Background Epidemiologic and translational data has suggested that metformin may alter the tumor microenvironment and improve outcomes in cancers including HNSCC through effects on cellular metabolism. Therefore, we sought to explore the potential for benefit in the combined use with immune checkpoint inhibition (ICI) . We conducted a single center, randomized, prospective clinical window of opportunity trial (WOT) of the aPD-L1 ICI durvalumab ± metformin in operable HPV+ and HPV- HNSCC.
Methods The trial was conducted in two parts: 1) a 6 patient safety lead-in with 1 dose of 1500mg of durvalumab plus metformin at 500 mg/day and increased to 1,000 mg twice daily over a rapid taper (D/M), and this was followed by 2) a 3:1 randomized trial of D/M (n=29) vs D alone (n=9) (NCT03618654). Clinical and radiographic response data as well as histologic and cytokine analyses were conducted. Whole exome sequencing (WES) and batch-corrected bulk RNA-seq was generated for downstream analysis. Unbiased and biased gene set enrichment analysis (GSEA) using the molecular signatures database (MSigDB) Hallmark gene set was conducted.1 Spatial transcriptomics (Nanostring GeoMx) was performed of 3 segments of the tumor (CD45, CD163, and PanCK segments).
Results Pathologic treatment effect (pTE) at the primary lesion and/or involved lymph nodes occurred in 54.5% of patients. Sixty percent of patients treated with D/M showed pTE versus 37.5% of those treated with durvalumab alone (p = 0.418). Unsupervised GSEA revealed that in HPV- (NES, 1.57; FDR, 0.023) and HPV+ (NES, 1.75; FDR, 0.004) tumors, responders exhibited increased expression of KRAS signaling posttreatment compared to pretreatment samples. In non-responders, HPV- tumors exhibited a decrease in oxidative phosphorylation (NES, -2.25; FDR, 0.000) and fatty acid metabolism (NES, -1.88; FDR, 0.004) gene set transcripts after treatment with D/M. Supervised GSEA revealed an increase in macrophage related gene sets In CD45 and CD164+ segments post-treatment. WES revealed a correlation between pTE and PIK3CA mutation (amplification) after treatment with D/M (p=0.011). This was corroborated using immunohistochemical staining of downstream protein, phospho-Akt. PD-L1 IHC showed no correlation with pathologic response. There was a significant increase in apoptosis regardless of response status.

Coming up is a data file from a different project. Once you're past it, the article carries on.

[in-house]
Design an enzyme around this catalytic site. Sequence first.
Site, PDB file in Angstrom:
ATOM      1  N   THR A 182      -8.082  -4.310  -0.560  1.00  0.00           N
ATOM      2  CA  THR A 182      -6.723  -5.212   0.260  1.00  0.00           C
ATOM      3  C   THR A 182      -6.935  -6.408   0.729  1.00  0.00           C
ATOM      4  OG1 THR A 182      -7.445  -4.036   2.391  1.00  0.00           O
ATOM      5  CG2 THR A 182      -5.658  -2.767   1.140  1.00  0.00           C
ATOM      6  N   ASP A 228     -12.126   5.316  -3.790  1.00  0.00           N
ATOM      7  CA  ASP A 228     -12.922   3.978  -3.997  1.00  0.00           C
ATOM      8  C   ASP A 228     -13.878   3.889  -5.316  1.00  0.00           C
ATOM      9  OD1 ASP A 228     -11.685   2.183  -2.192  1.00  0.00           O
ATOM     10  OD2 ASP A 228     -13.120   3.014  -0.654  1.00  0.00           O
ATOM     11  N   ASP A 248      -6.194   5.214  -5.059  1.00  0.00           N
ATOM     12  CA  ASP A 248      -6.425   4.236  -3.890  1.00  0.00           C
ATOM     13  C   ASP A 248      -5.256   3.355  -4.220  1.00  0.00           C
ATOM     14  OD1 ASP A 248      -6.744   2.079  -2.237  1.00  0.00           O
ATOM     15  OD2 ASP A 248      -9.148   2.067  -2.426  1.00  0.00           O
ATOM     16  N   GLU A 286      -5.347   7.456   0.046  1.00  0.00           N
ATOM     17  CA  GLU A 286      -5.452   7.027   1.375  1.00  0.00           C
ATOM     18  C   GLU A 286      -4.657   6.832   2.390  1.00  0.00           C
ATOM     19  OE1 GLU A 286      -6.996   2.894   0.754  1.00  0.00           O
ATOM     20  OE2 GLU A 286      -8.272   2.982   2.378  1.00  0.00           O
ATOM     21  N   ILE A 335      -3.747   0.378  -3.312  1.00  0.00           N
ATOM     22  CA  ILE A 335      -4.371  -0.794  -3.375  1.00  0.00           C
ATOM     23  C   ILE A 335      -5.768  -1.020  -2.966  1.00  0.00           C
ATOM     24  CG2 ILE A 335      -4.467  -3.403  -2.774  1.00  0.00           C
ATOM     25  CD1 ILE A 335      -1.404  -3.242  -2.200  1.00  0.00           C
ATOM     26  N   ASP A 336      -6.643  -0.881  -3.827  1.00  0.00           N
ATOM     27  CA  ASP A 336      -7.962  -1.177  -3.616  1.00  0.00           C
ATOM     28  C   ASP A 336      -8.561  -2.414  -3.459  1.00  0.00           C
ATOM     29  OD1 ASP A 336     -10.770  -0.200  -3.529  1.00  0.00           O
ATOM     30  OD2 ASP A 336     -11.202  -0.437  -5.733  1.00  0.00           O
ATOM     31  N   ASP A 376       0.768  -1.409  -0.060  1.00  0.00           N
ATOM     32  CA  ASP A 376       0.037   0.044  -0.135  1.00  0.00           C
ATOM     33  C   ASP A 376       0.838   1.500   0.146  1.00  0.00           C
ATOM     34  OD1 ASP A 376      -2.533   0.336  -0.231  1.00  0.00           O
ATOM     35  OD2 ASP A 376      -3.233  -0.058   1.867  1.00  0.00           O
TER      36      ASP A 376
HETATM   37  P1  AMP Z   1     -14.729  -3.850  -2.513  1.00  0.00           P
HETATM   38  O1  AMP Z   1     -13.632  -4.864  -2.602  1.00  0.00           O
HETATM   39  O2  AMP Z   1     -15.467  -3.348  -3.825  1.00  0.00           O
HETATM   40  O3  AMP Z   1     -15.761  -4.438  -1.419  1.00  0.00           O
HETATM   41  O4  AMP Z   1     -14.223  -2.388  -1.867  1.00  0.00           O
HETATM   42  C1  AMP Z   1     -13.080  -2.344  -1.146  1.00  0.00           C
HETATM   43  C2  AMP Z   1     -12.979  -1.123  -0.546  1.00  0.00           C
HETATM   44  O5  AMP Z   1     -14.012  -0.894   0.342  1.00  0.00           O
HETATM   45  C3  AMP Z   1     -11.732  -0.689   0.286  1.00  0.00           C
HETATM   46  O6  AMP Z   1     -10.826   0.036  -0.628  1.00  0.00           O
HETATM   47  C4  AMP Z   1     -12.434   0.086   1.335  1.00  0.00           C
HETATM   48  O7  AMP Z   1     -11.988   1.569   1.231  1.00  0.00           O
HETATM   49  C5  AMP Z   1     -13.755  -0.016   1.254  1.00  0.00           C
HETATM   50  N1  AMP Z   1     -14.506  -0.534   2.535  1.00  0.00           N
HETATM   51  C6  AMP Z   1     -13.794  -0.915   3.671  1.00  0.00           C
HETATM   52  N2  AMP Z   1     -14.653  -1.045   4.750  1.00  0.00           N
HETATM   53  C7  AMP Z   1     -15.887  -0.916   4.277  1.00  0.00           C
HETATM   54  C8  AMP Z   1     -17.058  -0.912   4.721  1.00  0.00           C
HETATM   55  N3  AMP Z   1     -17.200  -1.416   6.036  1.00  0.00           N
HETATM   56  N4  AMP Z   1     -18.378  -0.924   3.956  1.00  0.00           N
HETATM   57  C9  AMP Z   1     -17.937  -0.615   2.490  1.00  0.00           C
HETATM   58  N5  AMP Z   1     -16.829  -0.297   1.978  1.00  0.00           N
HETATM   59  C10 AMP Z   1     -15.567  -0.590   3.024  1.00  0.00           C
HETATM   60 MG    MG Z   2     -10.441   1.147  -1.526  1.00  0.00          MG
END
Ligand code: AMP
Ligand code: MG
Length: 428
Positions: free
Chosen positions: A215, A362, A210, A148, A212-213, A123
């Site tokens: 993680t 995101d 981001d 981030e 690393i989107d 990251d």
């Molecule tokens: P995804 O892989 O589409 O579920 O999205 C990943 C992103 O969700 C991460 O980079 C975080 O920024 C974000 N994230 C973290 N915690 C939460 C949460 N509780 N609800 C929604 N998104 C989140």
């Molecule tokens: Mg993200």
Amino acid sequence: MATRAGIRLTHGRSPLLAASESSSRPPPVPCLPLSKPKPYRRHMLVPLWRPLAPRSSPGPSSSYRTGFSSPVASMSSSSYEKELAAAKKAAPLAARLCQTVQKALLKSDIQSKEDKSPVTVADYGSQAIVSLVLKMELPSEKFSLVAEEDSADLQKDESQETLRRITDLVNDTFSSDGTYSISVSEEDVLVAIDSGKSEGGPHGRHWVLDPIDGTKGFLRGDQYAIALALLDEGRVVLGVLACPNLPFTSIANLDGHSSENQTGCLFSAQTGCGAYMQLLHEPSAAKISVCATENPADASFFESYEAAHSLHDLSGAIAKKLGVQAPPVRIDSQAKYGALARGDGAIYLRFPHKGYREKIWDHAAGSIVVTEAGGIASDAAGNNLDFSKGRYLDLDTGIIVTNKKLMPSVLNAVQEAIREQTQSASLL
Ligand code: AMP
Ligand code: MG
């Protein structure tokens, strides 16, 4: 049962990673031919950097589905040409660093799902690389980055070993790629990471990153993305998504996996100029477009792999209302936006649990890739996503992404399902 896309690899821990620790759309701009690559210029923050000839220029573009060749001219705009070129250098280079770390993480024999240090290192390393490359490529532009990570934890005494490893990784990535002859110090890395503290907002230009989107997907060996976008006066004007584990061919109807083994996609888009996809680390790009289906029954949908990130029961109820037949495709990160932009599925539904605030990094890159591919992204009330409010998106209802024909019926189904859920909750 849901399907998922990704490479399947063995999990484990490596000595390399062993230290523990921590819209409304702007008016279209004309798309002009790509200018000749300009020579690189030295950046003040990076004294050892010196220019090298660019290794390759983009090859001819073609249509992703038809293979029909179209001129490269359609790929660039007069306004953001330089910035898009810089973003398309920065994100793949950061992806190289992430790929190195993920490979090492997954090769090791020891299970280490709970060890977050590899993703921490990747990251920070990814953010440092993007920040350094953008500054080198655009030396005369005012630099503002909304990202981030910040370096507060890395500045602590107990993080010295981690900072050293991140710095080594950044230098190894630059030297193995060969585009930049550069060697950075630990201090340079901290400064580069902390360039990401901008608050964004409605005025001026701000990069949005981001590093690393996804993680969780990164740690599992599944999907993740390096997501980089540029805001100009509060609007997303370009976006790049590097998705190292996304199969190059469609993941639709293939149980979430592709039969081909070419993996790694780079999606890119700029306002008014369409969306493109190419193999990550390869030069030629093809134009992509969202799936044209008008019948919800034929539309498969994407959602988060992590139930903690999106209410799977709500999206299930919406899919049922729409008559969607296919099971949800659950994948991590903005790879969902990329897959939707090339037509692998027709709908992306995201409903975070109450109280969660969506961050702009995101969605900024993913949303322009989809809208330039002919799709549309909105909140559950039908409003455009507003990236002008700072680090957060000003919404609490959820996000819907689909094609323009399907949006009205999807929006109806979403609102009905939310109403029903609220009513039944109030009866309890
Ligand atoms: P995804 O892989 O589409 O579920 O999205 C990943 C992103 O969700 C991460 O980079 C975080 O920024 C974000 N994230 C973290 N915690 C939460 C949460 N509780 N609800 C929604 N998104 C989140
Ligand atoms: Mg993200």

Conclusions The addition of metformin was associated with an increased rate of early pathologic response that did not reach statistical significance during a short exposure to aPD-L1 and metformin. Correlative analysis revealed substantial differences in immune and metabolic transcripts on GSEA. Further, we report a unique association of between PI3KCa mutation and response.
Trial Registration ClinicalTrials.gov Identifier: NCT03618654
Nirmal AJ, Regan T, Shih BB, Hume DA, Sims AH, Freeman TC. Immune cell gene signatures for profiling the microenvironment of solid tumors. Cancer Immunology Research. 2018;6:1388–400.
Ethics Approval This clinical trial was approved by the Institutional Internal Review Board at Thomas Jefferson University, and all patients provided informed consent in accordance with the Declaration of Helsinki and the guidelines for Good Clinical Practice.
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